Youth-Inclusive Agriculture Financial Services
Access to finance has been cited as one of the top barriers to youth engagement in the agriculture sector. Finance is a challenge for small participants throughout the agricultural value chain, but this is especially true for youth. Due to the difficulties young people face in obtaining land tenure and overall lack of physical assets, few youth can offer the collateral that banks seek. Loans from financial institutions often have interest rates in the range of 25-30%, making capital prohibitively expensive. Additionally, many qualification requirements are prohibitive for youth and can be driven by a skeptical opinion of youth’s ability to make repayments. This skepticism of youth is also true of lead firms, who might otherwise be a useful source of value chain finance. This situation is compounded by the fact that financial products are not typically structured to meet the needs of youth who have limited exposure to financial services. Young people are often forced to resort to low levels of informal financing to fund their activities in the agricultural sector, which pushes them into primarily low-capital-intensive activities. Given these considerations, youth inability to access agriculture finance does not appear to be specific to the agriculture sector, but rather represents the set of general financial constraints that youth often face.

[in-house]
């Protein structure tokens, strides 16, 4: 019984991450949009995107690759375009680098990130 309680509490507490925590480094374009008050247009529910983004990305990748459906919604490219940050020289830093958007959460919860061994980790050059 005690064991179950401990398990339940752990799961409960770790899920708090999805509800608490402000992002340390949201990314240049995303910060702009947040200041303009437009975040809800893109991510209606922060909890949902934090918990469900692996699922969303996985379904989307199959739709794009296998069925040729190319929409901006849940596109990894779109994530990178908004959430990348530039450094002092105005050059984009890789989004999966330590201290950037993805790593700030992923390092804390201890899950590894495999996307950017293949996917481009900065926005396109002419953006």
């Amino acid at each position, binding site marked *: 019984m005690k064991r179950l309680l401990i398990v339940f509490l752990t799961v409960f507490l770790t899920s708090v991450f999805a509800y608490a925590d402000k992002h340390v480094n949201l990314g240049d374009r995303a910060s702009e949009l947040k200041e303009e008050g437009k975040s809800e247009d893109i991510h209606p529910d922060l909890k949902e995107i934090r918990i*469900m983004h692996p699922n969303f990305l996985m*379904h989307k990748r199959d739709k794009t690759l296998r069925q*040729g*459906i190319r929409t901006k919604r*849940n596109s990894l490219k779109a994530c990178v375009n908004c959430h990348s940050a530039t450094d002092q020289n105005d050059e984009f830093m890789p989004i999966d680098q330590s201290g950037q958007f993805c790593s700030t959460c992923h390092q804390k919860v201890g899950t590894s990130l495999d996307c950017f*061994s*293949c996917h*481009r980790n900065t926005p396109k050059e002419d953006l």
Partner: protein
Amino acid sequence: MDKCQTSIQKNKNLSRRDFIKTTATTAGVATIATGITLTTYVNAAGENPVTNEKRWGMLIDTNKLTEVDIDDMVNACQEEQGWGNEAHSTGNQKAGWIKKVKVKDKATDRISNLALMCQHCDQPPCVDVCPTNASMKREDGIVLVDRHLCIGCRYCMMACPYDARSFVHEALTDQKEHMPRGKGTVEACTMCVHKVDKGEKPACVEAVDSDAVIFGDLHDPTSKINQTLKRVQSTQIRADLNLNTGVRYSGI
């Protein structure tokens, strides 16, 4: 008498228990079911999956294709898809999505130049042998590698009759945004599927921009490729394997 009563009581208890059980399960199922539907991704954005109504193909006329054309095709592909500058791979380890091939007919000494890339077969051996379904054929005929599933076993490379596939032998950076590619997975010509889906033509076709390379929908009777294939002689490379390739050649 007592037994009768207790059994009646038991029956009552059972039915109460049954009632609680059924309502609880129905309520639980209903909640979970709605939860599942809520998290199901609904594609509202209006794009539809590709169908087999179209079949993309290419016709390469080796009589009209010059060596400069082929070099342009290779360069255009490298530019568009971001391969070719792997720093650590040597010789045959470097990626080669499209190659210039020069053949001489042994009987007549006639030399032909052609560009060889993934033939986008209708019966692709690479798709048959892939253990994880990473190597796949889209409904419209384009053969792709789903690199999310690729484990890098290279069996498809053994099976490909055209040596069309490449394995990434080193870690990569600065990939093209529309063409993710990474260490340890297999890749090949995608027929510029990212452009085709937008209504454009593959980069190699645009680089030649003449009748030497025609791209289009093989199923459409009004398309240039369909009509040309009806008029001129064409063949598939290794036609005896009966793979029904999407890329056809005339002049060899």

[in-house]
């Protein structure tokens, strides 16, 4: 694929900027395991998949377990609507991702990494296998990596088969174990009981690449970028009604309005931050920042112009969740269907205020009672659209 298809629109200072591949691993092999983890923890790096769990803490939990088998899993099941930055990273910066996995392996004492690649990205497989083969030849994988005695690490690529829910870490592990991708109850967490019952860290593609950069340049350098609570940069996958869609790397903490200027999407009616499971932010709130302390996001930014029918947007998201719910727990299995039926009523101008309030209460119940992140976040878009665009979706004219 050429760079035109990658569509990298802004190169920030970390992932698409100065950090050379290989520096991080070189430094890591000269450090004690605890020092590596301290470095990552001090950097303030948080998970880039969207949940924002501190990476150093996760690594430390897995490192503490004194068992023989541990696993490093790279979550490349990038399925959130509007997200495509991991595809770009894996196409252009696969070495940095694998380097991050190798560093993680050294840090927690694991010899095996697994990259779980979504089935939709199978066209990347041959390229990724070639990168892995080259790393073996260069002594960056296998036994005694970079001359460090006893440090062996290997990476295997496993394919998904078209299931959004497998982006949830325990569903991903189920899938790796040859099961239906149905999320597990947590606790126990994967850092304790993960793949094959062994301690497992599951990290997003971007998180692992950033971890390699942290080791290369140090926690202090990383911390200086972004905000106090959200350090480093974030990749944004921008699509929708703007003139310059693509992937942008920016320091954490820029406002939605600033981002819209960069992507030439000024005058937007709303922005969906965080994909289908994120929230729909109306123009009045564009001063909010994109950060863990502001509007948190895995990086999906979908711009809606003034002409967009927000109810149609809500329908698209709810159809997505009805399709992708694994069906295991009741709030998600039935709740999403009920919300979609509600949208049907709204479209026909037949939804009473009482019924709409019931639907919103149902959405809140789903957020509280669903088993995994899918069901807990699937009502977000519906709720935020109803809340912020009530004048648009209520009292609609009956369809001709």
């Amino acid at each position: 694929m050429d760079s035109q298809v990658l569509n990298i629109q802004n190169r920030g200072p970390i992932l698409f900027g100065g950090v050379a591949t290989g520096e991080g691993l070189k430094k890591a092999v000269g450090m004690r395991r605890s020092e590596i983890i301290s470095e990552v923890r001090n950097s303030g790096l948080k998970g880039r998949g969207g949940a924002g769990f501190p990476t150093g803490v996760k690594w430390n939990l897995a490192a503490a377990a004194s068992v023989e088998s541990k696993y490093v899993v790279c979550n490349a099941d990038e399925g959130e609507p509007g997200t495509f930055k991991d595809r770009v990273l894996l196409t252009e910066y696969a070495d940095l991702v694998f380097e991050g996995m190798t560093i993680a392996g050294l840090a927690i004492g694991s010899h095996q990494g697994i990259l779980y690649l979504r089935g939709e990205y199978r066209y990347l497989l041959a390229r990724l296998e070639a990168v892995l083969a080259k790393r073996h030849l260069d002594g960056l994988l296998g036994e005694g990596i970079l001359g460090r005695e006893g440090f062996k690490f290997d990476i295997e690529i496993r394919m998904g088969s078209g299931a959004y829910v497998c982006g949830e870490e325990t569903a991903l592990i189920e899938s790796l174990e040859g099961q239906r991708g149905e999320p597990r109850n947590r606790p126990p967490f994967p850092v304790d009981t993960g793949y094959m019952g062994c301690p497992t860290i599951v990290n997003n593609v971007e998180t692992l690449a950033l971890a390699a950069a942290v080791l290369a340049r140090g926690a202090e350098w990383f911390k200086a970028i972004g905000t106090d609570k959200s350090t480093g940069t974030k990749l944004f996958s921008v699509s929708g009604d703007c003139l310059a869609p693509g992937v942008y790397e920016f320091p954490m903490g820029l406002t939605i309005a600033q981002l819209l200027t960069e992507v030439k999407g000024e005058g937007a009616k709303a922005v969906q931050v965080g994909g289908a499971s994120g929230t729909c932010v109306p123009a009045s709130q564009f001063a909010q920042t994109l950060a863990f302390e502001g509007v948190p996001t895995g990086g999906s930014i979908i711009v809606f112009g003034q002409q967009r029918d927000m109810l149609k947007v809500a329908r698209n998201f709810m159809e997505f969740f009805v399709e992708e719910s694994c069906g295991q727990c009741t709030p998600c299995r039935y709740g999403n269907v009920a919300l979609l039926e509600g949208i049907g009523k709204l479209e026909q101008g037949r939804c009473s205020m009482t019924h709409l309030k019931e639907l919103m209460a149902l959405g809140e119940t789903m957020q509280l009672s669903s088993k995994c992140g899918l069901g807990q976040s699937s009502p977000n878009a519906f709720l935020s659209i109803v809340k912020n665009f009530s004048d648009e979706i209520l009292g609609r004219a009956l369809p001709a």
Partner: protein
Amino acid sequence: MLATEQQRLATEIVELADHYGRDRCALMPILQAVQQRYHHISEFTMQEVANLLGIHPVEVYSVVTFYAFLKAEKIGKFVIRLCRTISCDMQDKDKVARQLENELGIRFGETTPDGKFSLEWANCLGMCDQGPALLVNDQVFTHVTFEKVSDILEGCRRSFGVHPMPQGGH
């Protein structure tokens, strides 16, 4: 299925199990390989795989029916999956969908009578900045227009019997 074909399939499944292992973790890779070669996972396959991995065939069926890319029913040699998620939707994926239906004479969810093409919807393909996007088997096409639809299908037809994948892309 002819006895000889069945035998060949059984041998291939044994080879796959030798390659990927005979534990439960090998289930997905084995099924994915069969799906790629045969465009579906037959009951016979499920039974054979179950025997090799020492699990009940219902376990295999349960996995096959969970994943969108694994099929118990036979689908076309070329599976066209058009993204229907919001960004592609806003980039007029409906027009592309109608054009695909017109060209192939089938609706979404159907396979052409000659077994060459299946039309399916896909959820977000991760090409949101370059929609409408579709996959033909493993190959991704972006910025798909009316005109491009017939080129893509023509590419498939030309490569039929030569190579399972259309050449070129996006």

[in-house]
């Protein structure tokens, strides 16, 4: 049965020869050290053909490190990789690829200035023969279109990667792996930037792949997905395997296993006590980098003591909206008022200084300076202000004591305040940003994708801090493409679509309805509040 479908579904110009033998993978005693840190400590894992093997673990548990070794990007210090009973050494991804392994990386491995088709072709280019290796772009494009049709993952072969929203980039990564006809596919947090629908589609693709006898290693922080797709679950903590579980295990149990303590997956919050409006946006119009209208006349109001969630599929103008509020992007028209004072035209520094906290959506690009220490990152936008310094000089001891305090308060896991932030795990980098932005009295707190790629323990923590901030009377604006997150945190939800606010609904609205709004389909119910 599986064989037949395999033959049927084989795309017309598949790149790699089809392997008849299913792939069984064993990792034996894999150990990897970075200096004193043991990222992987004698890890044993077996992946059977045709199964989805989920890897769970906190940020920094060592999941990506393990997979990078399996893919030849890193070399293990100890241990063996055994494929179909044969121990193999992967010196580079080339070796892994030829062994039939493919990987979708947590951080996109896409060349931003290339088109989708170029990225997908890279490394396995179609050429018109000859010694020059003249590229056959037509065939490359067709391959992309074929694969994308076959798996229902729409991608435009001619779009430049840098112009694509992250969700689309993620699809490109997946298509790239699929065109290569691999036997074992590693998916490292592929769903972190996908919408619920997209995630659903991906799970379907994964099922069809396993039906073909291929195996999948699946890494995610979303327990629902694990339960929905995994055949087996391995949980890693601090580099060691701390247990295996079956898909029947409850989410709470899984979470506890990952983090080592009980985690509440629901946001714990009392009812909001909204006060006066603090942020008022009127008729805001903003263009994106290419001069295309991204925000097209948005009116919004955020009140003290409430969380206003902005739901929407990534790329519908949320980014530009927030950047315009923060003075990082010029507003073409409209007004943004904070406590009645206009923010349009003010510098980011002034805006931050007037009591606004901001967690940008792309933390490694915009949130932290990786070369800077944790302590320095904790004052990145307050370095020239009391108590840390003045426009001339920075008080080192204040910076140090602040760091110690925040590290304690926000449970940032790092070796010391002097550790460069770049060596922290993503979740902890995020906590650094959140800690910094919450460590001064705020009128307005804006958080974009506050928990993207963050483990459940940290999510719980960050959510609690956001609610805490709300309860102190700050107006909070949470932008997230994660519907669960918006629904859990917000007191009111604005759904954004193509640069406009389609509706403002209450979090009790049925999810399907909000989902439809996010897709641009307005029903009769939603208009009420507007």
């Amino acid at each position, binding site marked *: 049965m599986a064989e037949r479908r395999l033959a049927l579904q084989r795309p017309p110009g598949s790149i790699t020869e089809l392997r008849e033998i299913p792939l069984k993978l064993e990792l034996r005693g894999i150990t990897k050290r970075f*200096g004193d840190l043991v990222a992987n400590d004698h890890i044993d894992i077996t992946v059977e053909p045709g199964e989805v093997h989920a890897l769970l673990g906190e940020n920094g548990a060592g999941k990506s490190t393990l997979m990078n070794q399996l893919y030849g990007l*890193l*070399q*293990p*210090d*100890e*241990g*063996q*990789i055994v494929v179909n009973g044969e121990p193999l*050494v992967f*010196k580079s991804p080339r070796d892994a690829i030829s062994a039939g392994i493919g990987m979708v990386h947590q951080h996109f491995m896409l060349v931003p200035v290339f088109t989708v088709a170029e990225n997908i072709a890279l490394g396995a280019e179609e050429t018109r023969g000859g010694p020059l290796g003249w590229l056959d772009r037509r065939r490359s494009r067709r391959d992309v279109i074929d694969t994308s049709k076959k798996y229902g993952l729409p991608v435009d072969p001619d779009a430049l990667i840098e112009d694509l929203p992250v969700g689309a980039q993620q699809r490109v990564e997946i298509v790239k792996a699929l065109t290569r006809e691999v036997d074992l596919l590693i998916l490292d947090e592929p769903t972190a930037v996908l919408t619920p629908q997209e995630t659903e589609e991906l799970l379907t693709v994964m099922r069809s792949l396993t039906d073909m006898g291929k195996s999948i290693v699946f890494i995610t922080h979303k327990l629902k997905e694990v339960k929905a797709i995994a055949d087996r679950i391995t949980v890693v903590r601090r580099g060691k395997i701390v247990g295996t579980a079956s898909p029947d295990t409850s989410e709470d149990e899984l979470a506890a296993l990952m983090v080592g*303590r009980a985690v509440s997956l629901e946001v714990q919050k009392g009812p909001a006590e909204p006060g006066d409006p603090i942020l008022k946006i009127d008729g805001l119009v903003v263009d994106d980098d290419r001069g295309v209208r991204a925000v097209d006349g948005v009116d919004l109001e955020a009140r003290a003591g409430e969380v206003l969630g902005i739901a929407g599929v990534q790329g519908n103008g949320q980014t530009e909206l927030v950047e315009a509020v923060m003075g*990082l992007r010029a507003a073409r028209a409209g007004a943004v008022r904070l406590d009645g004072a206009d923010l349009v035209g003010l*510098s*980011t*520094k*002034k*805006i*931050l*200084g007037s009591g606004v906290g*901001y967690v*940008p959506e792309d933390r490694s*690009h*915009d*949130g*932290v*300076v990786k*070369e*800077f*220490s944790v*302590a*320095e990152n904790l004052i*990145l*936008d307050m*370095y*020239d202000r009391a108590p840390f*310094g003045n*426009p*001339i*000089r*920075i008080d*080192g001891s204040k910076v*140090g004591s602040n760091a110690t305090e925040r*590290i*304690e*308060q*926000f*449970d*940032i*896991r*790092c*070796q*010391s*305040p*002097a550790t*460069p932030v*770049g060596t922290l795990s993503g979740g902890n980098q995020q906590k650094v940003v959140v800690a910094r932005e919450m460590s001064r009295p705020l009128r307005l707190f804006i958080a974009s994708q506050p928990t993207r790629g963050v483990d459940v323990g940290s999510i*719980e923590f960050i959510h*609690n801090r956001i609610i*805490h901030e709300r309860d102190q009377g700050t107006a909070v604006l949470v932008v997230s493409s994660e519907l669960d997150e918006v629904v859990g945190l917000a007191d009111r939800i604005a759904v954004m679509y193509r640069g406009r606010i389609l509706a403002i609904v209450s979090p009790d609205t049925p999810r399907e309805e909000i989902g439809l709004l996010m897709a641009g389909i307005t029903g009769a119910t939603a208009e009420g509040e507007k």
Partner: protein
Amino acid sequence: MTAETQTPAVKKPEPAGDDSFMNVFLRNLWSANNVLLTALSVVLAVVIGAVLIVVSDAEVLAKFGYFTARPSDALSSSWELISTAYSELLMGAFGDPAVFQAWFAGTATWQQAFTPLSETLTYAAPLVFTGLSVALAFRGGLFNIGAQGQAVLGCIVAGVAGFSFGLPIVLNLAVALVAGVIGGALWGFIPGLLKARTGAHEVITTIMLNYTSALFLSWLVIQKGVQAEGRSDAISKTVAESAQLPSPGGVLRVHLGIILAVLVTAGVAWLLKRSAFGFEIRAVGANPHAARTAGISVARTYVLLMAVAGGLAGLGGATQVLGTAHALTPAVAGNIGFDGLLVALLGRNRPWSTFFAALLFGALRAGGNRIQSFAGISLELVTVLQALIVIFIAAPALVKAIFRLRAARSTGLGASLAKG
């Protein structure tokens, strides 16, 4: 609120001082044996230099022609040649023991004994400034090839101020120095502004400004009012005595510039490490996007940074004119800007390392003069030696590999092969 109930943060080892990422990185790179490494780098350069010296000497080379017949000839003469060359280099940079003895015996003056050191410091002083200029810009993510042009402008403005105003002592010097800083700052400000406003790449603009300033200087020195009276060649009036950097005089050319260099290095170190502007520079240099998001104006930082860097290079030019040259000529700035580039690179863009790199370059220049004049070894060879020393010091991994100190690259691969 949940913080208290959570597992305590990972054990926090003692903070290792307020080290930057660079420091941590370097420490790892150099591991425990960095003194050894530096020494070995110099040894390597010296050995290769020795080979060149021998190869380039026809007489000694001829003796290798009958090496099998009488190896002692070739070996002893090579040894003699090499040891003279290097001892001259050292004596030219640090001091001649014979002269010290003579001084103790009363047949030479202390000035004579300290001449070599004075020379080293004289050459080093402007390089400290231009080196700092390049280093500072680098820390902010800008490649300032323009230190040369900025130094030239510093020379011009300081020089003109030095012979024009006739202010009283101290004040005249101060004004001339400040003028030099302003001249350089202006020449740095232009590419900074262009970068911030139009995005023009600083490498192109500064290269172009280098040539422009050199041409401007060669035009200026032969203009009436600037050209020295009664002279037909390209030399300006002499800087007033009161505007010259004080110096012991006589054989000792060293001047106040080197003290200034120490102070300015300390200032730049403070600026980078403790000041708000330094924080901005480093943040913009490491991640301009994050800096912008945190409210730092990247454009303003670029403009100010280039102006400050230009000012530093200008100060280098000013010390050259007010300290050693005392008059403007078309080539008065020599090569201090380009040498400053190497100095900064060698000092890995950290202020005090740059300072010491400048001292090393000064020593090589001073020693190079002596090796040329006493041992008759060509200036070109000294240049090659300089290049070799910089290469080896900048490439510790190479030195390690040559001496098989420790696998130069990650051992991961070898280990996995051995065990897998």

Measures that can ease access to finance for youth serve an important function in allowing young people to invest in tools, equipment, and technologies that can be employed for business purposes. Such measures can also help fund up-front capital requirements for items like seeds and fertilizer for those youth fortunate enough to have productive land for high-value crops.
Most literature focuses on increasing access to finance for “rural” youth, emphasizing the bankability of youth enterprises, financial literacy and savings among youth, and the capacity of loan officers. Much evidence points to the relationship between savings (particularly group-based savings) and youth resilience. Except for some limited discussion of the need for loans and leasing arrangements for youth to access land, or the creation of venture capital funds for youth agri-startups, there is relatively little information available about agriculture- and-youth-specific issues in finance. Further research is needed in this area.
This policy paper provides a macro-level picture of youth’s inability to access agriculture finance and provides six major recommendations to policy makers: 1) Promote financial literacy for youth 2) Enhance the capability of financial institutions to assess agricultural sector opportunities; 3) African governments should produce and share reliable statistics on youth employment and financial inclusion in agriculture; 4) Policymakers should encourage special finance packages for young agripreneurs that do not require fixed collateral, e.g. by providing guarantee schemes; 5) Governments should remove barriers to crowdfunding platforms, because they can effectively support young African entrepreneurs; and 6) Impact investment funds should continue to be supported to ensure small agricultural business can still get capital support.